“Name any lead female musical theater role, and Sandy has probably performed it,” Gover says.

After Bremer gave birth to her daughter, Bonnie, in 1999, she pulled back from performing after realizing that her performance schedule kept her from coveted time at home with her growing girl. And when Bremer’s husband,

Neil Bremer, was offered a position as executive director of the Arts Council of Greater Kalamazoo in 2010, the trio packed up and headed to Kalamazoo.

Going to the ‘dark side’

Sandy Bremer saw this move as an opportunity for her to go to “the dark side (meaning the behind–the–scenes work of theater),” she says with a conspiratorial eyebrow wag. She began directing and choreographing shows at the Civic Theatre, and when an opportunity to teach with EFA came her way, she seized it.

With EFA, Bremer is a theater teaching artist who educates students in three areas: aesthetic arts education, which exposes them to a variety of arts disciplines and teaches them to view and consume art critically; the PACE program, which teaches students from kindergarten through eighth grade about theatrical dance, movement and expression; and the Alternative Arts Initiative, which allows students in nontraditional schooling to participate in arts programs. It’s through this initiative that Bremer presents multisensory theater performances for kids on the autism spectrum.

Bremer considers becoming a teacher and director as a natural progression for those in the arts. Fortunate enough to have been able to make a living performing at the beginning of her career, Bremer is acutely aware of how rare that is in any arts discipline.

“Everybody says (when) you’re going into theater, ‘Well, then what are you going to do with your life?’” Bremer says. “So (receiving the Community Medal of Arts Award) was kind of an acknowledgment that, yeah, you’ve made the right decision. You have had an impact on others.”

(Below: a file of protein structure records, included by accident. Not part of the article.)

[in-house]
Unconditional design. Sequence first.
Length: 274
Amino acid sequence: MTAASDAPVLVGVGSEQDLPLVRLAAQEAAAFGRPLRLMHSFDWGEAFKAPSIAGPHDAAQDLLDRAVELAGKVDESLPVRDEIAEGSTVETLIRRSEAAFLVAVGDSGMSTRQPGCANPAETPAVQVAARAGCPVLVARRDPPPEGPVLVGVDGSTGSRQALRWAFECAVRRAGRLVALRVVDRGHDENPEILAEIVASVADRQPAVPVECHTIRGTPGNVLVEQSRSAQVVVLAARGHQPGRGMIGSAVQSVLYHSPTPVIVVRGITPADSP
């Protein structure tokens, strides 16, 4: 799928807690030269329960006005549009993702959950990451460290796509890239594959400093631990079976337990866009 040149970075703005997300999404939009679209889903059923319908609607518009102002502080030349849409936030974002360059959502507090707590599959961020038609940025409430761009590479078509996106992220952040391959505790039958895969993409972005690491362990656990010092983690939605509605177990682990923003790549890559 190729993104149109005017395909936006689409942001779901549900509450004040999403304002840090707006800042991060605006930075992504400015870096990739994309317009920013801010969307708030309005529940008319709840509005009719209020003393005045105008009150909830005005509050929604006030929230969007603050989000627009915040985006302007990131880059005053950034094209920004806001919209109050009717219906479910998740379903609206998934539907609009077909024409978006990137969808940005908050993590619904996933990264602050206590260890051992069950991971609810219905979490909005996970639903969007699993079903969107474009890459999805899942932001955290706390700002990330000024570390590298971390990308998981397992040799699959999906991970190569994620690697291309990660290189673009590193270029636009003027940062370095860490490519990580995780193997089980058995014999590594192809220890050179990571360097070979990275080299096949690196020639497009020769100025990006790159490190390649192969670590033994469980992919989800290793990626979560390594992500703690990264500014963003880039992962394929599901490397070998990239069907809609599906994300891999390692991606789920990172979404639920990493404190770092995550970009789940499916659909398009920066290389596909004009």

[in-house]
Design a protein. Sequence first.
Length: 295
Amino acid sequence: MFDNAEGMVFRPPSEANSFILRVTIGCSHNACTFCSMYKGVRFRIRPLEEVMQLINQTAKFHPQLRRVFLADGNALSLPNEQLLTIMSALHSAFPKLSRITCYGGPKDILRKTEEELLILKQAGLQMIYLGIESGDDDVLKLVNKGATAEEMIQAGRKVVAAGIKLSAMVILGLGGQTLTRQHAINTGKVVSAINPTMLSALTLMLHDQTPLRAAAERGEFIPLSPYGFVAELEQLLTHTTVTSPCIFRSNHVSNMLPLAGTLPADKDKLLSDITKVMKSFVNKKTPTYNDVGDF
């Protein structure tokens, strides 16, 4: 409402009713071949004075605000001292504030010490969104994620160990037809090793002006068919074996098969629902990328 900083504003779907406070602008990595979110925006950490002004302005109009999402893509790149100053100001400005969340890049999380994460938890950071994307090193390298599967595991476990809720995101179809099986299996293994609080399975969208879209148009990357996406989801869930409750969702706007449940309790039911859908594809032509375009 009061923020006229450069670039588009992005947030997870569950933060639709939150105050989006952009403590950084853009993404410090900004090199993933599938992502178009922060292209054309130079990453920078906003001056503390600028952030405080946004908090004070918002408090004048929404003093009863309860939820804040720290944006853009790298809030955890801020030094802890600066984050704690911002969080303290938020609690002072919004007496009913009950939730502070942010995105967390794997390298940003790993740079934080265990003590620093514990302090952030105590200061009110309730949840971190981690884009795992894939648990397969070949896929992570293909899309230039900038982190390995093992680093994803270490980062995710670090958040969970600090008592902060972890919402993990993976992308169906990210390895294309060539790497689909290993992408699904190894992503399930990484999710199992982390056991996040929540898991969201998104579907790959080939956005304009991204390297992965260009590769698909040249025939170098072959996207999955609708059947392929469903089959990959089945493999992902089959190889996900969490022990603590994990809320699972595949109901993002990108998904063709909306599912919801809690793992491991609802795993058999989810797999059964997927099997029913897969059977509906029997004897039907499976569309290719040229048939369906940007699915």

Multisensory theater

During her eight years teaching with EFA, Bremer says her most rewarding experience has been putting together the multisensory performance The Snowflake Man at the Civic in 2018. Multisensory performances are written and designed to be inclusive for children on the autism spectrum who may find it challenging to enjoy more typical theater performances.

The Snowflake Man followed a man who was obsessed with snowflakes. The performance included piles of fake snow for kids to touch, mist to simulate snowfall and, at the end, snow.

“The big thing was, at the end, it snowed. So we had a snow machine and it snowed on them, which was — talk about just making you die every day and cry,” Bremer recalls. “These kids were just in the snow. It was so fabulous.”

Passing it on

Bremer and her teaching colleagues eagerly await the return of in–person performances. As much fun as she has had going into virtual classrooms, it does not compare to the real thing, she says.

“The village sent me on my way and I came back, and now I’m ready to send a bunch of others on their way,” Bremer says. “The biggest thing is that I really feel like you’re supposed to give back and teach your craft because you learned from people and it’s your obligation to give back to the community. And my community is Kalamazoo.”

Jordan Bradley